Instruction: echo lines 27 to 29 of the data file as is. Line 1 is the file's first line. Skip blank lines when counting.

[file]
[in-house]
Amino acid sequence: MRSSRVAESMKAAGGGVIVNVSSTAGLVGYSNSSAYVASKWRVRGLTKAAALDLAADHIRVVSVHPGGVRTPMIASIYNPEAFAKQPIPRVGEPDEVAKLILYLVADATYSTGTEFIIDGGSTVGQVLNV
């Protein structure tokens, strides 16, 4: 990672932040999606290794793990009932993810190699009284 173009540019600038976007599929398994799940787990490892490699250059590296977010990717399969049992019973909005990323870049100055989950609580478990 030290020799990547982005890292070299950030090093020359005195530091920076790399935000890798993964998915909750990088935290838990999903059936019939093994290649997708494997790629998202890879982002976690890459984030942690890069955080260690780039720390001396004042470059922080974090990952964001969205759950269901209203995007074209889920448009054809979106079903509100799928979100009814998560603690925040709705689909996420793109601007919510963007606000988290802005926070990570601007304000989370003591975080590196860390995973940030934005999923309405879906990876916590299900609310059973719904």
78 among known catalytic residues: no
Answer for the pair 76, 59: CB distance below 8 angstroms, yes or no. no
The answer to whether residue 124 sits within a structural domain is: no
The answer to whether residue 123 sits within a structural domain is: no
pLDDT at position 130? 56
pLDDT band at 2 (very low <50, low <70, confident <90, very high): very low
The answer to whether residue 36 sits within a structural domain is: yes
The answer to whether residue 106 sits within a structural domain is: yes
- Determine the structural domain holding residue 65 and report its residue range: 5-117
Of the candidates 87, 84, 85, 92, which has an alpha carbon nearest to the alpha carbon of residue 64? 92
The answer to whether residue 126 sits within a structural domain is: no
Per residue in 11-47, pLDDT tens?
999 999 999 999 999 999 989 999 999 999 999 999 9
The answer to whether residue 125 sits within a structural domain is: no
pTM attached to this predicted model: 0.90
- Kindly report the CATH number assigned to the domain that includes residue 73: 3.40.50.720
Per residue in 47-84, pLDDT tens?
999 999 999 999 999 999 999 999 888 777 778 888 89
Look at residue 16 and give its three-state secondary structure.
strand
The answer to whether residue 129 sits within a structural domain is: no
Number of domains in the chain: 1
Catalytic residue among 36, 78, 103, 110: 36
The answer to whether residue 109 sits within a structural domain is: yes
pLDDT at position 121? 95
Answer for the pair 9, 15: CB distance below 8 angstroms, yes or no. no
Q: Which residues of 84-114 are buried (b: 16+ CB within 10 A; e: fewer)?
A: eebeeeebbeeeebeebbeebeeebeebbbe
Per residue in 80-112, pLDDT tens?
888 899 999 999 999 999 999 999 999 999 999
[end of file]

The answer to whether residue 109 sits within a structural domain is: yes
pLDDT at position 121? 95
Answer for the pair 9, 15: CB distance below 8 angstroms, yes or no. no